Mixed conifer forests include western
red cedar, Sitka spruce, western hemlock, Douglas fir,
big-leaf maple and red alder. Epiphytes are common,
and include mosses, lichens, ferns, liverworts, selaginella
and occasional shrubs. Grand fir may be found. Understory
vegetation is dense and multilayered. Dominant tree
seedlings are restricted to western hemlock, which is
very tolerant of low light levels. Other species appear
as seedlings only in light gaps.
hemlock forest is the dominant forest type except
in drier areas, where Douglas fir is more common. Western
red cedar grows on moist sites at all elevations. Without
disturbance, western hemlock will dominate all forest
sites over time. Wind throw, fire, disease and other
disturbances leads to the inclusion of other tree species.
forests of Sitka spruce grow in a narrow zone
in the fog belt, along the coast and slightly inland
up river valleys. Epiphytes are abundant. Other understory
species include salal, oxalis, swordfern, with red alder
as an understory tree in light gaps.
fir forests, higher elevations, usually above
1,500 feet, contain Pacific silver fir with shrub to
open understories. Noble fir may also be found.
oak woodlands and savannahs barely grow into
the Columbia Coast region, but are common on the east
side of the Coast Range and in the interior, particularly
east of the Cascades. These open woodlands often transition
into high elevation grasslands or balds, with a high
diversity of grasses and forbs in the understory.
Floodplain forests are found in river
valleys, may contain black cottonwood with a mix of
other hardwoods, including Oregon ash, several willows,
red alder, and bigleaf maple. Floodplain forests may
also be considered wetlands, though they are often only
wet during peak spring and intermittent winter floods.
are forested wetlands. Common swamp species include
Sitka spruce, western hemlock, western red cedar, red
alder, Oregon ash, Hooker's willow, Scouler's willow,
Pacific willow, western crabapple, and black cottonwood.
They are found in fens, dune swales, floodplains in
river valleys, and on perched wet soils in upland areas.
of swamps (timbered wetlands) may lead to colonization
by marsh species (sedges, rushes and grasses), under
wetter conditions post-logging with higher water tables.
Tree species may be impossible to establish afterwards,
resulting in a permanent to centuries-long loss of tree
habitat. With high water tables, swamps are often difficult
to log. Shallow root systems growing on the surface
with buttressed trunks are distinctive features of swamps.
Shore pine forests grows in a short-lived
transitional stage between grasslands and Sitka spruce
/ western hemlock forests along the coast. In other
parts of the world, this pine tree is considered a noxoius
weed. It is fire tolerant, produces seeds at a young
age in serotinus cones, and can reenter areas from the
seed bank, growing in dense "dog hair" stands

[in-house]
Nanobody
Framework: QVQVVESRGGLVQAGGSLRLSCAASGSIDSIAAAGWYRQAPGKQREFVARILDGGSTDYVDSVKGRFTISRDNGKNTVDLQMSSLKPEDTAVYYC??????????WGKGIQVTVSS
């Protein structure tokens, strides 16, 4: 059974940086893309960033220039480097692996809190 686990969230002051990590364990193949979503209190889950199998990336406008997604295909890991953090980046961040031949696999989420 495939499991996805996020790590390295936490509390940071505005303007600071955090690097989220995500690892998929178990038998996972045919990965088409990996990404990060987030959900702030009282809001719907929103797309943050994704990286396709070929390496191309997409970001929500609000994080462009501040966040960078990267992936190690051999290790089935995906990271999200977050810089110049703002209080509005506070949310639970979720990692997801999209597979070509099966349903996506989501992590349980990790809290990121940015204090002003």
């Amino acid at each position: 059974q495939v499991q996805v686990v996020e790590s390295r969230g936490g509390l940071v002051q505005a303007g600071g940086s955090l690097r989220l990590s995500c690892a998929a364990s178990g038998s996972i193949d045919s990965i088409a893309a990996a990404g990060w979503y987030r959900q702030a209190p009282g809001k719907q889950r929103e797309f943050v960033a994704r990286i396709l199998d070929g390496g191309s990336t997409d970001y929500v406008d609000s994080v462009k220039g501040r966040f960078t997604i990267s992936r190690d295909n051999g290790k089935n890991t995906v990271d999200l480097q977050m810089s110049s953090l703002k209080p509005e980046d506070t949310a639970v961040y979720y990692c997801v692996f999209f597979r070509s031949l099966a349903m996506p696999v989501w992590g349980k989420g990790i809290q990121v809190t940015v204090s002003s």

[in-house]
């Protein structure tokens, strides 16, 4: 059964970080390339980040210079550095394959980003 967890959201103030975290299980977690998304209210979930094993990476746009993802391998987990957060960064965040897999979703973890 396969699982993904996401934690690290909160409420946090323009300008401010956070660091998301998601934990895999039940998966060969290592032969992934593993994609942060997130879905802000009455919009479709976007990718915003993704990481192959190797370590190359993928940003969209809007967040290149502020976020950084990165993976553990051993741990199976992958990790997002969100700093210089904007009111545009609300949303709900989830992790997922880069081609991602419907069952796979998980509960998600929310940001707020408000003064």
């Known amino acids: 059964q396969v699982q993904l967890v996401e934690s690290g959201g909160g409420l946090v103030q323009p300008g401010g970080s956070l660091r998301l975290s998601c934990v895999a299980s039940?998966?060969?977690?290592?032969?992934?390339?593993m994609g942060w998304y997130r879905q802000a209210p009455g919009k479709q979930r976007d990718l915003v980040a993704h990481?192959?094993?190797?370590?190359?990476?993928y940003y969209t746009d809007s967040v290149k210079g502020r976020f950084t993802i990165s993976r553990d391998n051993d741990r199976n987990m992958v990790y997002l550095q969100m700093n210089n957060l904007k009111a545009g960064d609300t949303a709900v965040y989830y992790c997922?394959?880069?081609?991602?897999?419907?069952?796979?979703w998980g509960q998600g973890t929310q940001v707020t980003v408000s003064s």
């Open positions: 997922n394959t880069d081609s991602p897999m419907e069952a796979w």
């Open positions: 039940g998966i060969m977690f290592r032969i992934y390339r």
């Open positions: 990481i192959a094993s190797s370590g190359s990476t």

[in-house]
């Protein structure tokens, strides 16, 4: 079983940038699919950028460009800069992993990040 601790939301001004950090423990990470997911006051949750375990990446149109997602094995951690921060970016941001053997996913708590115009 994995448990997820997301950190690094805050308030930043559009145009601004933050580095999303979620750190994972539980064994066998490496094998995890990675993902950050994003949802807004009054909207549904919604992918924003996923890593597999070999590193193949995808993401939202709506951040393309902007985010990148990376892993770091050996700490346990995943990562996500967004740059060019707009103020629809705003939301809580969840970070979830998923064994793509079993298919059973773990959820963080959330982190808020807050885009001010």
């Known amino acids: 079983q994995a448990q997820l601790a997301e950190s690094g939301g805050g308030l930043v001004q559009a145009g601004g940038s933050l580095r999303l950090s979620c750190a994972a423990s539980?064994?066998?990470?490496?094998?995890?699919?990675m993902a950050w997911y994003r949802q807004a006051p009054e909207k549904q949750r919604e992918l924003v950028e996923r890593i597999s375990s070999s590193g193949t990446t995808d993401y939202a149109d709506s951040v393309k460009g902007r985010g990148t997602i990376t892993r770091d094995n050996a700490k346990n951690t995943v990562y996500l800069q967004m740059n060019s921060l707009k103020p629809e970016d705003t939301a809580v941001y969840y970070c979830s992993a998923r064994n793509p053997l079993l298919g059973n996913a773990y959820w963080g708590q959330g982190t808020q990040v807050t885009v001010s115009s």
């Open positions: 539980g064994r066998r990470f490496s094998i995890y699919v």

after fire, clearing or other disturbance just as its
interior sibling, lodgepole pine does. Prior to the
changes in landscape management of the past 100 years,
shore pine was probably kept out of many old dune prairies
by frequent fire, which kept young trees from establishing.
Now this aggressive tree grows over thousands of acres
of newly-formed land, adding to fire loads in forest
communities. Species that replace shore pine in succession
include Sitka spruce, western red cedar and western
alder forests are a short-lived transitional
stage between coniferous stands on disturbed sites.
Pastures left ungrazed or mown for a decade will revert
to red alder, and thence to conifers. Timber stands,
once cut, will revert to red alder whether they are
planted or not, leading to a widespread practice of
using aerial applications herbicide to check broad-leaved
species such as alder, maple, elderberry, and salmonberry
on industrial forest lands. Alder fixes nitrogen and
adds leaves to the duff layer each year, rapidly conditioning
bare soil for other species, such as soil fungi and
conifer seedlings. Conifers may be slow to replace alder
on wet sites. A characteristic coastal community of
red alder and slough sedge is found in local fens. Upland
sites may display a red alder/sword fern community.
fir forests are successional along the coast,
being unable to reproduce in closed canopies of mature
conifers. There are isolated examples of natural Douglas
fir forest throughout the region on dry or disturbed
locations, where thin soils, fire or other factors kept
other conifers out. Understories are more open than
other coniferous forests; Oregon grape, salal, sword
fern are common, and several herbaceous perennials may
also be seen.
forests are characterized by even-aged, monocultures
of trees, usually composed of western hemlock or Douglas
fir. Average stand age is usually less than sixty years
at harvest, and often no more than forty. Understory
species are reduced, as trees are grown in dense, ground-shading
proximity. Pre-commercial thinning at 20-35 years may
open up stands to the ground. Salal, mosses, sword fern
and salmonberry are common understory species.
harvesting can be used to recreate the character of
old growth, by altering spacing, tree ages, creating
light gaps, and otherwise shifting stands from monocultures
to more diverse conditions.